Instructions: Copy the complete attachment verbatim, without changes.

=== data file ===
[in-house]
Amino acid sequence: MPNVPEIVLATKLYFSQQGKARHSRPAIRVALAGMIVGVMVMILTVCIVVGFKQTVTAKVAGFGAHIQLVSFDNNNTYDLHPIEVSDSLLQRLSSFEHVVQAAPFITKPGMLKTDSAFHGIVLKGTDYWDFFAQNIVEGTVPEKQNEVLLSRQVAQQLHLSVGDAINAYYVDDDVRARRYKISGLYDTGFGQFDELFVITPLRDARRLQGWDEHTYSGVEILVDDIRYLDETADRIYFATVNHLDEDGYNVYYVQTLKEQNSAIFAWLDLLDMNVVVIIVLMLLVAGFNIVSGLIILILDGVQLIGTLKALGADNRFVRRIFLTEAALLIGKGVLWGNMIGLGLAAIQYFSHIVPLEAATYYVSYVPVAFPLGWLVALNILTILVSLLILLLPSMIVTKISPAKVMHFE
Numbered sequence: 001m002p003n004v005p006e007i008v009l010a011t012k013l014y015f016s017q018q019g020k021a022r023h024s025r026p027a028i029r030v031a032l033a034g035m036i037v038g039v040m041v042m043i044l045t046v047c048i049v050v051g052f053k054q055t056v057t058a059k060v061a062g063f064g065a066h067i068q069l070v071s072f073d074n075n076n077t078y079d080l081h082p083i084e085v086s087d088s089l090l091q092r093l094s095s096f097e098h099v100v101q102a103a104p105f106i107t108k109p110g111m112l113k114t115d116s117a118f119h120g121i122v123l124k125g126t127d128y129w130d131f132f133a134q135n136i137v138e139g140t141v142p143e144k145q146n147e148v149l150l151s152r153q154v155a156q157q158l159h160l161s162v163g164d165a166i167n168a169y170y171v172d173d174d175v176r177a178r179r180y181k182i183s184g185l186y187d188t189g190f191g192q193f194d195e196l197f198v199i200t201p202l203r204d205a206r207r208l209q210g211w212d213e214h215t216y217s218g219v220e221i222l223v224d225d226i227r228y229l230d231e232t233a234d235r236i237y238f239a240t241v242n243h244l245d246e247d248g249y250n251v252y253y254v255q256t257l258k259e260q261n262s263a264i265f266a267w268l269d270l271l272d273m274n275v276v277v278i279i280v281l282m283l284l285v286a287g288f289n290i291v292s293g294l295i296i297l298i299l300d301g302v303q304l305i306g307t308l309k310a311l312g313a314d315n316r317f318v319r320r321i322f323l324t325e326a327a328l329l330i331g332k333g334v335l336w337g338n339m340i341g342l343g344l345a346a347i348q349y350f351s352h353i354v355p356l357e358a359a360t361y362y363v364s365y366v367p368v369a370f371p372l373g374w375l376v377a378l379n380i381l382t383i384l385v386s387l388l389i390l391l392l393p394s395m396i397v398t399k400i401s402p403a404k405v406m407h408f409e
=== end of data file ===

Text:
[in-house]
Amino acid sequence: MPNVPEIVLATKLYFSQQGKARHSRPAIRVALAGMIVGVMVMILTVCIVVGFKQTVTAKVAGFGAHIQLVSFDNNNTYDLHPIEVSDSLLQRLSSFEHVVQAAPFITKPGMLKTDSAFHGIVLKGTDYWDFFAQNIVEGTVPEKQNEVLLSRQVAQQLHLSVGDAINAYYVDDDVRARRYKISGLYDTGFGQFDELFVITPLRDARRLQGWDEHTYSGVEILVDDIRYLDETADRIYFATVNHLDEDGYNVYYVQTLKEQNSAIFAWLDLLDMNVVVIIVLMLLVAGFNIVSGLIILILDGVQLIGTLKALGADNRFVRRIFLTEAALLIGKGVLWGNMIGLGLAAIQYFSHIVPLEAATYYVSYVPVAFPLGWLVALNILTILVSLLILLLPSMIVTKISPAKVMHFE
Numbered sequence: 001m002p003n004v005p006e007i008v009l010a011t012k013l014y015f016s017q018q019g020k021a022r023h024s025r026p027a028i029r030v031a032l033a034g035m036i037v038g039v040m041v042m043i044l045t046v047c048i049v050v051g052f053k054q055t056v057t058a059k060v061a062g063f064g065a066h067i068q069l070v071s072f073d074n075n076n077t078y079d080l081h082p083i084e085v086s087d088s089l090l091q092r093l094s095s096f097e098h099v100v101q102a103a104p105f106i107t108k109p110g111m112l113k114t115d116s117a118f119h120g121i122v123l124k125g126t127d128y129w130d131f132f133a134q135n136i137v138e139g140t141v142p143e144k145q146n147e148v149l150l151s152r153q154v155a156q157q158l159h160l161s162v163g164d165a166i167n168a169y170y171v172d173d174d175v176r177a178r179r180y181k182i183s184g185l186y187d188t189g190f191g192q193f194d195e196l197f198v199i200t201p202l203r204d205a206r207r208l209q210g211w212d213e214h215t216y217s218g219v220e221i222l223v224d225d226i227r228y229l230d231e232t233a234d235r236i237y238f239a240t241v242n243h244l245d246e247d248g249y250n251v252y253y254v255q256t257l258k259e260q261n262s263a264i265f266a267w268l269d270l271l272d273m274n275v276v277v278i279i280v281l282m283l284l285v286a287g288f289n290i291v292s293g294l295i296i297l298i299l300d301g302v303q304l305i306g307t308l309k310a311l312g313a314d315n316r317f318v319r320r321i322f323l324t325e326a327a328l329l330i331g332k333g334v335l336w337g338n339m340i341g342l343g344l345a346a347i348q349y350f351s352h353i354v355p356l357e358a359a360t361y362y363v364s365y366v367p368v369a370f371p372l373g374w375l376v377a378l379n380i381l382t383i384l385v386s387l388l389i390l391l392l393p394s395m396i397v398t399k400i401s402p403a404k405v406m407h408f409e